After 40 years of teaching art history and ceramics, primarily at LA City College, I am back in the studio,
making high fired stoneware and porcelain, functional and not so functional, for indoors and out.
I was drawn to ceramics in high school, influenced by a gifted art teacher, Tony Scaccia. My own teaching career was in part an attempt at pay back, and my attachment to the ceramic medium has only grown through the years.
I am struck by the complex cultural statements made in a simple medium by past cultures, as when a serving bowl became a ritual object, ultimately entombed with its owner.
Ceramic chemistry is also complex, yet it directly reflects the natural processes that have shaped the earth. So clay is both natural and cultural; what's not to like?
Following a master's degree in '64, at UCLA under Laura Andreson and Bernard Kester, my first job in ceramics was at Architectural Pottery under David Cressey. Each in their way were part of the mix of modernism with nostalgia for the tradition of the handcraft artisan that marked the post WWII renaissance of studio ceramics. Mid-century modern Scandinavian ceramists were still active and a strong influence on my teachers (and their students). Likewise, the great Japanese tradition. Shoji Hamada had visited UCLA just a few years earlier. It was the era of the designer-craftsman, which Cressey came to embody.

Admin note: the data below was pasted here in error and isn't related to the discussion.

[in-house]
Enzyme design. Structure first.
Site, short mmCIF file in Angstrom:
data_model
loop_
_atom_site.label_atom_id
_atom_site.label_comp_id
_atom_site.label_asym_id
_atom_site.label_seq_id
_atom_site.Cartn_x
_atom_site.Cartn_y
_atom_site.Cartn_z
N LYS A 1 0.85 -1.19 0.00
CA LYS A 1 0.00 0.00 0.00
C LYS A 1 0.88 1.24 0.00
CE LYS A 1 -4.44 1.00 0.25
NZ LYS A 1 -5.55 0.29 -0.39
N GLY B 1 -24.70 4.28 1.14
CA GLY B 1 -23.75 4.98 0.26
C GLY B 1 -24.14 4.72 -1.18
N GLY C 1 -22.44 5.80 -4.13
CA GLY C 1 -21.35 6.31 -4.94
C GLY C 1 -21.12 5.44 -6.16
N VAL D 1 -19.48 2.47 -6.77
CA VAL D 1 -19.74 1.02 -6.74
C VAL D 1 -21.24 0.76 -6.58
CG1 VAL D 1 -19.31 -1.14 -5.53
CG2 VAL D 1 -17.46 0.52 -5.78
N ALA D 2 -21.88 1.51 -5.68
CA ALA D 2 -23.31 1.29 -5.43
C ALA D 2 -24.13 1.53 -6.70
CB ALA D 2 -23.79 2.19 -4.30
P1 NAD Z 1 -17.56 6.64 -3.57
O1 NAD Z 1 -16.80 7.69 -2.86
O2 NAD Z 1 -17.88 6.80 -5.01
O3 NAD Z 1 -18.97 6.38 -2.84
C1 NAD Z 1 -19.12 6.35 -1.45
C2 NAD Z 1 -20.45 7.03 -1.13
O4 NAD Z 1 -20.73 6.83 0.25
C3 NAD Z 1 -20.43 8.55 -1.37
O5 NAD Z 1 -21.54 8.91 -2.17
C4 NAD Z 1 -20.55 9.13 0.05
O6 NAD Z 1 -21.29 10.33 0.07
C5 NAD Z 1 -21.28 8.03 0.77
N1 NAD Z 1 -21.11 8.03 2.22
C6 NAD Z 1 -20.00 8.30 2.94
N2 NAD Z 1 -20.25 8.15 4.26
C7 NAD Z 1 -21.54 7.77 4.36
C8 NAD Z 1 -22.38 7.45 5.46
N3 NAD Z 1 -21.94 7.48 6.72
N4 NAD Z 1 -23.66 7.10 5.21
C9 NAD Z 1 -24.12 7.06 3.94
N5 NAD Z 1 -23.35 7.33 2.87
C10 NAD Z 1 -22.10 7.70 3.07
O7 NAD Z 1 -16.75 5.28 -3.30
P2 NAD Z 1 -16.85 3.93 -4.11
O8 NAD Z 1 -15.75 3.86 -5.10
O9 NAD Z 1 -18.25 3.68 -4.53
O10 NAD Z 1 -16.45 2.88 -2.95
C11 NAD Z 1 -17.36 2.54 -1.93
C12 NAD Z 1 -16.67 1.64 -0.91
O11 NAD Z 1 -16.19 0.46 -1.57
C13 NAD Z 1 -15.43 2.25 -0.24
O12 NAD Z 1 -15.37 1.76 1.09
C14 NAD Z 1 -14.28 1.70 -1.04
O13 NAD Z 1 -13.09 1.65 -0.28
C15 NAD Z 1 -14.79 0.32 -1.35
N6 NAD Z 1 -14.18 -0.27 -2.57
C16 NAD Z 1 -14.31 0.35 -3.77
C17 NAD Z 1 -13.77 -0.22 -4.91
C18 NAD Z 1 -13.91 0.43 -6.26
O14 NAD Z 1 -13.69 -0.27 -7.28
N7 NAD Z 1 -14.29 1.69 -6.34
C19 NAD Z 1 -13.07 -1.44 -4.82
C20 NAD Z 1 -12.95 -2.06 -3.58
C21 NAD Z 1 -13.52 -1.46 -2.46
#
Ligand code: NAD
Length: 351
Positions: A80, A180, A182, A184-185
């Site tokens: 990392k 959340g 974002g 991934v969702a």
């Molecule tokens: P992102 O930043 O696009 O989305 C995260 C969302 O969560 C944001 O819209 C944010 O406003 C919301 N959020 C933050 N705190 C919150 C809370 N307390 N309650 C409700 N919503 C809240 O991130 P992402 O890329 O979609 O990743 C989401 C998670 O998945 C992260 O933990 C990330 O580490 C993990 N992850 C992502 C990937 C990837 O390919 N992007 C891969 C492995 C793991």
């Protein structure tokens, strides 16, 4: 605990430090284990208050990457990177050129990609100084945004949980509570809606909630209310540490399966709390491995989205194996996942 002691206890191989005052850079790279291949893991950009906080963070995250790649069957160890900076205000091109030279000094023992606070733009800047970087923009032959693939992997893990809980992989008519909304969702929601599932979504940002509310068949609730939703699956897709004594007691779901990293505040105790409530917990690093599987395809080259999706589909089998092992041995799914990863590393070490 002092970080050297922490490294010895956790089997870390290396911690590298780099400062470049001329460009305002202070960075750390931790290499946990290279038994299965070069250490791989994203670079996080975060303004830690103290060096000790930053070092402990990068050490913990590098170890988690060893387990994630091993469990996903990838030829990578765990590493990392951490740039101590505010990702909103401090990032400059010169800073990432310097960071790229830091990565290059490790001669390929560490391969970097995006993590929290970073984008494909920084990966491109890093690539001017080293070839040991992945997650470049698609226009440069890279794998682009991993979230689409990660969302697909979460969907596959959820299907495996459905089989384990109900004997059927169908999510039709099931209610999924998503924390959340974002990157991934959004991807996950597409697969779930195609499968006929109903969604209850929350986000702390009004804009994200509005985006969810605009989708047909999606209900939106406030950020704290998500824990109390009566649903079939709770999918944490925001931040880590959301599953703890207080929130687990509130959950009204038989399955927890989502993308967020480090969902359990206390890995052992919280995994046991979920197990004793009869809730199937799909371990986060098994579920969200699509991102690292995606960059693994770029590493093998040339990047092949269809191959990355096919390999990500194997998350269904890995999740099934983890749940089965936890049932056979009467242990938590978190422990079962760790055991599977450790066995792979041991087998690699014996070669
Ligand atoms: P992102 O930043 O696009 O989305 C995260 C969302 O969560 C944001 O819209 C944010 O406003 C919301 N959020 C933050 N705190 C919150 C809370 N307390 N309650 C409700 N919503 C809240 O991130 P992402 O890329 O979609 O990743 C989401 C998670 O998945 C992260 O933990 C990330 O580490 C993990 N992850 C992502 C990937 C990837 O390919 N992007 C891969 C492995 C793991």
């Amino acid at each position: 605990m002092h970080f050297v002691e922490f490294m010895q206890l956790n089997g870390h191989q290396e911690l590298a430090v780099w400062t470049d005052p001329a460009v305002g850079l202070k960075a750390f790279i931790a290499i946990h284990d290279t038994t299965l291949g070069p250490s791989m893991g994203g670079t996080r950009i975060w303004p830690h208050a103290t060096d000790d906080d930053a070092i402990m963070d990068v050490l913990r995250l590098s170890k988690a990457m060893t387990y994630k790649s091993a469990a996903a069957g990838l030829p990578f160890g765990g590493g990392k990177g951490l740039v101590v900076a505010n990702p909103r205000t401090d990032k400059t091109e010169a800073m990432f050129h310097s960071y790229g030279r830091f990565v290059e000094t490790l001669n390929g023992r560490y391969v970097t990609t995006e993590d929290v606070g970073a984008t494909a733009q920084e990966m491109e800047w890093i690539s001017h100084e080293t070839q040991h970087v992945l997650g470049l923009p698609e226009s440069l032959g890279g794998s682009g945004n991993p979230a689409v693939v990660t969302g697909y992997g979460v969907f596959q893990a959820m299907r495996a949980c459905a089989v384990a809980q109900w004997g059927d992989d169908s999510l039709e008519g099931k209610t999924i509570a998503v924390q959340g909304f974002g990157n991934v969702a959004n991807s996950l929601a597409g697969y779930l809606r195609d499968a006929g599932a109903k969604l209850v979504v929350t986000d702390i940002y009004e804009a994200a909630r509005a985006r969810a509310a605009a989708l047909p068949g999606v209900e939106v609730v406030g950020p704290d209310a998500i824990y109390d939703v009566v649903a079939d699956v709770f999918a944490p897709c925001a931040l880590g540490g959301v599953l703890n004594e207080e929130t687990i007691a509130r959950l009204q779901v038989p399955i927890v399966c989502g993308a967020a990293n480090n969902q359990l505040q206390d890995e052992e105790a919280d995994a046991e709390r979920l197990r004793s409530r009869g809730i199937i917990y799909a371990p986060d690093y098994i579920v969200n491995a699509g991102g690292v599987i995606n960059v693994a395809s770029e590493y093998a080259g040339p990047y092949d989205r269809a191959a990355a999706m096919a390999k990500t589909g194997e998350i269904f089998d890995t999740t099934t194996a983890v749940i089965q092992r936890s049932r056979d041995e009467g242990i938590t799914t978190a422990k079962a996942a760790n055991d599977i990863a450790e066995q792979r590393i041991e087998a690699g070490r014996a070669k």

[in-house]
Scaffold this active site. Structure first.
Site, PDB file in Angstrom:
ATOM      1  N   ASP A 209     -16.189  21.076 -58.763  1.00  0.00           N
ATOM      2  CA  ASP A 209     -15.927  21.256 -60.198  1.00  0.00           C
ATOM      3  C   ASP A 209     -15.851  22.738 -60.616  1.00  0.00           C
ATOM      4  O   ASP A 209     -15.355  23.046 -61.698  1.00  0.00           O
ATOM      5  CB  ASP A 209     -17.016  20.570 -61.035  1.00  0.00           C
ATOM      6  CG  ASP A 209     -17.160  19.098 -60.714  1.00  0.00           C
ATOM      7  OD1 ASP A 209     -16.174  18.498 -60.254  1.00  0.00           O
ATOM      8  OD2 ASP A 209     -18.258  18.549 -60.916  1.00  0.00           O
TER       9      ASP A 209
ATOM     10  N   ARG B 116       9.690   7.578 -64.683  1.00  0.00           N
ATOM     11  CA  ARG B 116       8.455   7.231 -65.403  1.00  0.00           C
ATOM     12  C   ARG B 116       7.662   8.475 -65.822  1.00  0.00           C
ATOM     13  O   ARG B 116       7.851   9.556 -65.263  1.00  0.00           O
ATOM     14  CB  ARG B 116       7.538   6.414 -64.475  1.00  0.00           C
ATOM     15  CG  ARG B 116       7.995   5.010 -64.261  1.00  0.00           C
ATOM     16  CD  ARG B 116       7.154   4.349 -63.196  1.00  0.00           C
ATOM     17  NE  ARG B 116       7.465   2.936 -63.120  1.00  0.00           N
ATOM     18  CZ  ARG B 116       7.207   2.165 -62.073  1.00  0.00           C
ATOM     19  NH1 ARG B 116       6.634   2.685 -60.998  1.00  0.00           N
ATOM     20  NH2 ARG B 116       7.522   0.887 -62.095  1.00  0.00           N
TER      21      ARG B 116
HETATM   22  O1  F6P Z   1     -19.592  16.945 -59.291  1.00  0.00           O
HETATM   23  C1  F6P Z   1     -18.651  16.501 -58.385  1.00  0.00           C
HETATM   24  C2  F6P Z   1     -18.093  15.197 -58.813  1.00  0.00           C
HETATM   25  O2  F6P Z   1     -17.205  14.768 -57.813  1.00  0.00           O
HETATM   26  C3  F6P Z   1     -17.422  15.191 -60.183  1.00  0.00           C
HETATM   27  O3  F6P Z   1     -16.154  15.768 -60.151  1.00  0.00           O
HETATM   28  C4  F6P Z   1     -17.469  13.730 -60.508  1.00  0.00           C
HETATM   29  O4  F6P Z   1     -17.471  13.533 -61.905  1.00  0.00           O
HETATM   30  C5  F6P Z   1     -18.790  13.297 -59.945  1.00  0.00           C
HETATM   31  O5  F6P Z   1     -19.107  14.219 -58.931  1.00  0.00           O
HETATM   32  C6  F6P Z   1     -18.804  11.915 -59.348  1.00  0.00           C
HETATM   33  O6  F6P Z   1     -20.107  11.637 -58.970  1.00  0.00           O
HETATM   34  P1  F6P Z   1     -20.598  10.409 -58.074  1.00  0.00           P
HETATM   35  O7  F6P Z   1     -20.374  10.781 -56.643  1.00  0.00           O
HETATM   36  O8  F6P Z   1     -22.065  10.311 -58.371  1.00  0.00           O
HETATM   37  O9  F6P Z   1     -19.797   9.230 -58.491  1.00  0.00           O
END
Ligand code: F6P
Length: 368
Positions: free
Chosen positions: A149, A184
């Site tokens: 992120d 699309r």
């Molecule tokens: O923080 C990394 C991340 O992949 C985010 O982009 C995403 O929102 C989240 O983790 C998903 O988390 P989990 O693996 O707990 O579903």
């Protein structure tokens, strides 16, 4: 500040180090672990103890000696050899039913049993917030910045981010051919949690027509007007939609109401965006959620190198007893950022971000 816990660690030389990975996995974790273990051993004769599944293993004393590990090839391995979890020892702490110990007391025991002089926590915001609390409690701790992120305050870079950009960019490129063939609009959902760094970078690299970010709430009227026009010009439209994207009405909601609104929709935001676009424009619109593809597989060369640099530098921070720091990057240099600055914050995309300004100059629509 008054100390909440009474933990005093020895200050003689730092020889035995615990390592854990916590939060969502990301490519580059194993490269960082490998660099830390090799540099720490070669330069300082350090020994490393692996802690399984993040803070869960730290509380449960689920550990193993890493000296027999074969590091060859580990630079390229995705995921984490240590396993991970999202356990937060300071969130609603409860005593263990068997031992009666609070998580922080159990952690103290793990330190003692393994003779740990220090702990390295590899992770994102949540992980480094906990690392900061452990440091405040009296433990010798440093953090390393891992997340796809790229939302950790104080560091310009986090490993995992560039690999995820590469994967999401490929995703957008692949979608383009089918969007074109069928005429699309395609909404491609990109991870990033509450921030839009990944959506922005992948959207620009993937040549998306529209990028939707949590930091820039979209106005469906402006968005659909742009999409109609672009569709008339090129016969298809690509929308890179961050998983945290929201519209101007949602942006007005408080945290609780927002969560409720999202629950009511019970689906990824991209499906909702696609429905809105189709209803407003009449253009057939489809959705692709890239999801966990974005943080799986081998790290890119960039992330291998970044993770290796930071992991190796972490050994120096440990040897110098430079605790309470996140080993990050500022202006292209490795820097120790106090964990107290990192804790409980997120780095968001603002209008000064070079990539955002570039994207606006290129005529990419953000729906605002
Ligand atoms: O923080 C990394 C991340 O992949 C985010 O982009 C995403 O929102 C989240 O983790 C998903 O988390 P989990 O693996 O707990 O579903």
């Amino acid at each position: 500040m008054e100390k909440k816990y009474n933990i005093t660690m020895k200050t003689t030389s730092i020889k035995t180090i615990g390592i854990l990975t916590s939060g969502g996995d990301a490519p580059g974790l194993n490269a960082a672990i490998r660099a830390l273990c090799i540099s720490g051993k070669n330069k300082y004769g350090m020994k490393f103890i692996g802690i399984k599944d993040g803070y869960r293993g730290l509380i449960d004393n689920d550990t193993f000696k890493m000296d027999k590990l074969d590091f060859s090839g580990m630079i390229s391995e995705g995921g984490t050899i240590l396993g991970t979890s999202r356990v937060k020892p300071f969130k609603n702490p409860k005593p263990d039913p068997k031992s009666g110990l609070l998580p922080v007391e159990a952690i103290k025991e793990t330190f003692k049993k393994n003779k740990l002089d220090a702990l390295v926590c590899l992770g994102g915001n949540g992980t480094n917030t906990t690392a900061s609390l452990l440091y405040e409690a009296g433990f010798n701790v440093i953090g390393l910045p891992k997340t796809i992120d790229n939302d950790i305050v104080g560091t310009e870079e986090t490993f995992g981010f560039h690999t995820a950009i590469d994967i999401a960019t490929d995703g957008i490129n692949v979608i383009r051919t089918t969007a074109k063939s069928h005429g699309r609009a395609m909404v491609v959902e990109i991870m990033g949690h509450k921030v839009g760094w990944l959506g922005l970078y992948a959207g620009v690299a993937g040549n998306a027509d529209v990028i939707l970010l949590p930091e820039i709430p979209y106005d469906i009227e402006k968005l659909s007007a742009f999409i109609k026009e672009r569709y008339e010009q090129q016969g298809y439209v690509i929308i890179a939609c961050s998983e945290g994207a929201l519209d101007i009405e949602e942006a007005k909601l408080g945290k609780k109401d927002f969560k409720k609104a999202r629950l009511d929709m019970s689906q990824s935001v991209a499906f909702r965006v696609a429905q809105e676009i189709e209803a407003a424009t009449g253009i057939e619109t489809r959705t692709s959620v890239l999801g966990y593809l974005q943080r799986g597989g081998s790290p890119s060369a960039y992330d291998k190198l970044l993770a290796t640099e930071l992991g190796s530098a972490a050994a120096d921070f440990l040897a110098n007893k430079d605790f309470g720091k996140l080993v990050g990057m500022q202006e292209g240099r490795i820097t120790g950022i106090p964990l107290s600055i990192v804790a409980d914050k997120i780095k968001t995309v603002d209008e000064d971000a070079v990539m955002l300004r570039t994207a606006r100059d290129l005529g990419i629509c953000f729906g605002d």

Rebelling against my teachers and what seemed to me then a dead tradition, and drawn in by the revolution begun by Peter Voulkos, I made expressionist pots, Pop Art pots, anti-pots, and finally not pots at all.
Of course, Andreson and Kester were devoted educators and skilled craftspersons, and Cressey remarkably merged the handcraft tradition with large scale commercial production. Not surprisingly, they have cast a long shadow; I'm making pots again and the pots I make now sure borrow a lot from theirs.
Teaching and researching art history found me more than once in a museum room where a singly displayed pot held its own with sculpture or painting nearby. I had to ask, what would it mean for a simple pot to carry the weight and meaning of sculpture ? Is it historical distance? Is it the powerful presence of primary forms, at once abstract yet expressive of meaning through reference to function?
I'm working on it. Long way to go.
December '22 update: After six years away from clay to meet a caregiving commitment, I am again back making pots. A decorative urge has surfaced, and where in the sixties I hated pots with impressed leaves, I now find the fig leaves outside my studio a joy to work with. Long live decoration!
In the past, I sold wholesale, but am now constructing an on line shop. I am of course hoping you will return soon.